RATTNER: Everyone talks about grandfathered, with the idea that they're going to stay in that plan for a long time. In fact, many, most people who goin to the individual market don't stay there very long, at least with their original plan, because, they're often people who are between jobs, orthey're changing jobs, or they get - they're going to take this plan for a little while and then get another plan, and so when you look at this chart you'll see that half of the people in this individual market place, people who are buying their own insurance, are there for less than six months. Another 30 percent are there between six and eighteen months. And so when the president talks about grandfathering people into these plans, it actually isn't going to be for very long, because they're going to leave them of their own accord and do something else. So sooner or later, these people are going to find themselves back in the marketplace looking for insurance, whether or not this grandfathering proposal actually goes forward.
[MSNBC, Morning Joe, 11/20/13]
Wash. Post: Study Shows Only 24 Percent Of Individually Insured People Kept Their Plan For More Than Two Years. The Washington Post's fact checker cited a study that measured insurance plans in California that showed the majority of individual insurance plans are temporary:
A different study of a single state (California), also cited by HHS in the regulations, found that only 24 percent of people with individual coverage kept their plan for more than 48 months. In other words, between 75 and 95 percent of people in the individual market likely never had a chance to get a grandfathered plan. [The Washington Post, The Fact Checker, 11/7/13]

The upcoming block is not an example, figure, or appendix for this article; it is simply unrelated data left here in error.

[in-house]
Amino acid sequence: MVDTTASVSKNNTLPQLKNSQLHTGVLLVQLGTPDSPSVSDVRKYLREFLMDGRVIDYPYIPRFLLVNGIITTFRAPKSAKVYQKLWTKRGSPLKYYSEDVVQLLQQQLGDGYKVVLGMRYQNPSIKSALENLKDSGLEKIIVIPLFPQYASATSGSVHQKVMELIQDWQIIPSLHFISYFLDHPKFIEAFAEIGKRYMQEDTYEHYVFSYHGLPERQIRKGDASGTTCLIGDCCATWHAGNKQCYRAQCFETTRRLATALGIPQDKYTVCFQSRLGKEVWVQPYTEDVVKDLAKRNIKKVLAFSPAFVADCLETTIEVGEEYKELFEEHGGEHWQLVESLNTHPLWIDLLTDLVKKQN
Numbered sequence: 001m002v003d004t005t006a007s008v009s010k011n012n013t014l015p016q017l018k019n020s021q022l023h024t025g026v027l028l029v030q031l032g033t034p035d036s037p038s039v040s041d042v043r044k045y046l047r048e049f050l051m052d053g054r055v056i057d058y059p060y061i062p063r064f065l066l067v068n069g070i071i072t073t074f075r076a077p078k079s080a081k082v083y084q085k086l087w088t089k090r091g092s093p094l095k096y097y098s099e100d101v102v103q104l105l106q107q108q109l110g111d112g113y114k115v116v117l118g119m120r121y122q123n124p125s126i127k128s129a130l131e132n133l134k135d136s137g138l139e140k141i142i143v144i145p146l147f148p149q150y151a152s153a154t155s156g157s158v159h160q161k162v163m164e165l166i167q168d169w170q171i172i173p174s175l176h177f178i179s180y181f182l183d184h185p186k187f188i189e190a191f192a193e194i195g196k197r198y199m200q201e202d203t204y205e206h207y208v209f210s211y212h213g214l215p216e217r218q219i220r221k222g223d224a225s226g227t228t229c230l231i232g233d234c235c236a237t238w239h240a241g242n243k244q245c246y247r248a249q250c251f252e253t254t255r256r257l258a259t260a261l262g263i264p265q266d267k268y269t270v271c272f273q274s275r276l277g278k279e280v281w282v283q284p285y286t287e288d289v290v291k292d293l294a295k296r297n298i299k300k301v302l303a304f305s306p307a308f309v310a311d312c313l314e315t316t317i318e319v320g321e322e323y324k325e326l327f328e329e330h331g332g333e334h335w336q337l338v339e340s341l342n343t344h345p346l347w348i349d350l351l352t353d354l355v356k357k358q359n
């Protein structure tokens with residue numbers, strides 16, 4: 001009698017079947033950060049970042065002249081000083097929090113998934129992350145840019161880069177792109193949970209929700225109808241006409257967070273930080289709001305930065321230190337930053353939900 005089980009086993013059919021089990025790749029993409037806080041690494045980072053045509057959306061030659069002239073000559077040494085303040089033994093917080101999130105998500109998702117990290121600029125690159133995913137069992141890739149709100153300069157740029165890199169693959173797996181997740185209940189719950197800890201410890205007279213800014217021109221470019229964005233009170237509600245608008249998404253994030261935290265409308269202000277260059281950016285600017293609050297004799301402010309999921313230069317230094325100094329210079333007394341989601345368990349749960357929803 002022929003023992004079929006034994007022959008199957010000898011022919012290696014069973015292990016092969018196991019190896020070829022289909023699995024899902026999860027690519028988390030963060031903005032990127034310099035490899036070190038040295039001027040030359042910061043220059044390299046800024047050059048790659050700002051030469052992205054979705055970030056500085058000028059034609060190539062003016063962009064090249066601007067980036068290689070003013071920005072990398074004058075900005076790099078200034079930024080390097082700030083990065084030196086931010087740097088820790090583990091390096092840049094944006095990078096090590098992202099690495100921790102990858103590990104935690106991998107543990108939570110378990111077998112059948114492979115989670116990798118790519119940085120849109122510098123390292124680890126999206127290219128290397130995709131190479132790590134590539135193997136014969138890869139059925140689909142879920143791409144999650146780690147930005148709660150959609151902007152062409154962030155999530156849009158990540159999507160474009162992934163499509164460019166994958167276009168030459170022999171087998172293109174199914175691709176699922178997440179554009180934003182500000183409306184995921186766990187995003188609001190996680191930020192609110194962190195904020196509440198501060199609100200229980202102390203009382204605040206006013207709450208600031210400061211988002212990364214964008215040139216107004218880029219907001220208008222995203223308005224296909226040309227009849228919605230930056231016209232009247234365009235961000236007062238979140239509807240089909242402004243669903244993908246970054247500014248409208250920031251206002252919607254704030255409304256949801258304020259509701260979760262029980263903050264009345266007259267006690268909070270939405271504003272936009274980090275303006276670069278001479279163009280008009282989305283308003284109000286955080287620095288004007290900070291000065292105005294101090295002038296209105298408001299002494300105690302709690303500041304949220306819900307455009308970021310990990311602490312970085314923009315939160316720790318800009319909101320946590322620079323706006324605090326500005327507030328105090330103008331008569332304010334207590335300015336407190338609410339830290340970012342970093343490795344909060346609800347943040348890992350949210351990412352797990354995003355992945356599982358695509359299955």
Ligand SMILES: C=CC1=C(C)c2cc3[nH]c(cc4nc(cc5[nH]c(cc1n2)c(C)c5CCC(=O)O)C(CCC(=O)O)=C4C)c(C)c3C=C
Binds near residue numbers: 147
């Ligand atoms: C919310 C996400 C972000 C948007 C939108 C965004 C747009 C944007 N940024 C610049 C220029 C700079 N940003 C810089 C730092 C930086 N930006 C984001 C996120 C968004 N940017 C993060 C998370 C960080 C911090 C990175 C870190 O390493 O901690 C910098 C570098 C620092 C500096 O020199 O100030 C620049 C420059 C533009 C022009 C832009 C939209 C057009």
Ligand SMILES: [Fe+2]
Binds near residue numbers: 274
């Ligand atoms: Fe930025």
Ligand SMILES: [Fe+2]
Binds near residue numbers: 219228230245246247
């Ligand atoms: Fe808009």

CBO: "Because Of Relatively High Turnover" In Individual Market, Few Plans Would Remain Unchanged By 2016. In a November 2009 letter to former Senator Evan Bayh, the Congressional Budget Office (CBO) explained that because of the naturally high turnover in the individual market, few grandfathered policies would still exist by 2016:
Moreover, if they wanted to, current policyholders in the nongroup market would be allowed to keep their policy with no changes, and the premiums for those policies would probably not differ substantially from current-law levels. But because of relatively high turnover in that market (as well as the incentives for many enrollees to purchase a new policy in order to obtain subsidies), CBO and JCT estimate that relatively few nongroup policies would remain grandfathered by 2016. [Congressional Budget Office, 11/30/09]